Gen Zers are now spending more than they did pre-pandemic, with many of these purchases fuelled by online trends and viral videos. Just one breakout TikTok video can propel a brand to overnight stardom and skyrocketing sales – but what is the secret to achieving this coveted 15 seconds of fame?

The TikTok effect
Just four years on from its international launch, TikTok’s influence is undeniable. Even those who are unfamiliar with the app itself will have perhaps felt its impact in the offline world. If you have visited a book shop lately, you may well have seen a stack of books neatly arranged in a designated ‘as seen on TikTok’ section. Or perhaps back in March of this year, you may have found yourself suddenly unable to get your hands on any feta cheese at the local supermarket – well, blame TikTok. A viral ‘feta pasta’ recipe was said to be responsible for causing a global shortage of the popular Greek cheese, as TikTok users quickly cleaned up the dairy aisle in their rush to recreate the dish.

Just one breakout TikTok video can propel a brand to overnight stardom and skyrocketing sales

From feta cheese and books to eye cream and cleaning products, TikTok has the power to make everyday products ‘cool.’ While the app might be best known as the home of funny comedy skits and viral dance routines, there is also a strong consumerist element to TikTok.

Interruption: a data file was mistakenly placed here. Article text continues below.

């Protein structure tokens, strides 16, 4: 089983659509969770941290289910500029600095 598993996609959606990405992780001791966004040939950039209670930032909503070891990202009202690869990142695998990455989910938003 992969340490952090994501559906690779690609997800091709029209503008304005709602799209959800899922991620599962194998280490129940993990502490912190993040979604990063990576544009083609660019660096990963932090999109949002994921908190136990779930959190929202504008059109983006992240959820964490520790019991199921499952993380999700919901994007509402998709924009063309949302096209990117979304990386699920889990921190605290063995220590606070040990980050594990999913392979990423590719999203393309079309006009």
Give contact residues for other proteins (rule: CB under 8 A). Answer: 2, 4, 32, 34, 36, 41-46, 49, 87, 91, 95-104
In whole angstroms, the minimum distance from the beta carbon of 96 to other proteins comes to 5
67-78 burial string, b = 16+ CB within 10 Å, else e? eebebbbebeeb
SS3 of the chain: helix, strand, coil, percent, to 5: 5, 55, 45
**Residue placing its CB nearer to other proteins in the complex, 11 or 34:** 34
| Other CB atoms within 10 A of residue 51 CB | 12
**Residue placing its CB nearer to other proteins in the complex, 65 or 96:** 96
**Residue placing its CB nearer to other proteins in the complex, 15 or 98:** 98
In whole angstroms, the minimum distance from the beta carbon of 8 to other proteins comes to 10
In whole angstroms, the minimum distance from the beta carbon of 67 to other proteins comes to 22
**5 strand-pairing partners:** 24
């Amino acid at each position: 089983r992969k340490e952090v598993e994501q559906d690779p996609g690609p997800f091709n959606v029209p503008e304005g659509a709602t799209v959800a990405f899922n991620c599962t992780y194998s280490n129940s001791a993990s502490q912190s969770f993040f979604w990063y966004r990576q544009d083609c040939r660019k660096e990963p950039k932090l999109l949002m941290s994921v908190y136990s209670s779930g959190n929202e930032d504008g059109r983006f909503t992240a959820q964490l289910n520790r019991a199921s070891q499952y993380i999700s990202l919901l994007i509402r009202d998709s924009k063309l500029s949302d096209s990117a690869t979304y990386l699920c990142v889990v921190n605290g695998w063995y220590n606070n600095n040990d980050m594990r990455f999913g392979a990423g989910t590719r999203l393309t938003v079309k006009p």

Clothing hauls and in-depth product reviews regularly amass millions of views and many thousands of likes, with all of this online engagement very quickly translating into real-life sales. Indeed, 49 percent of TikTok users have confessed to purchasing a product after seeing it reviewed, promoted or advertised on the app, according to a 2021 Adweek survey on consumer behaviour. This gives TikTok users – approximately one billion of them, at the last count – an incredible spending power, and an ability to propel a business to record-breaking sales. Take trendy mochi ball company, Little Moons, for example. After going viral on TikTok, the company saw its sales shoot up by 700 percent in a single week at UK supermarket Tesco, leading its founder, Vivien Wong, to give credit to the app for helping the company to reach sales of £26m in the year to June.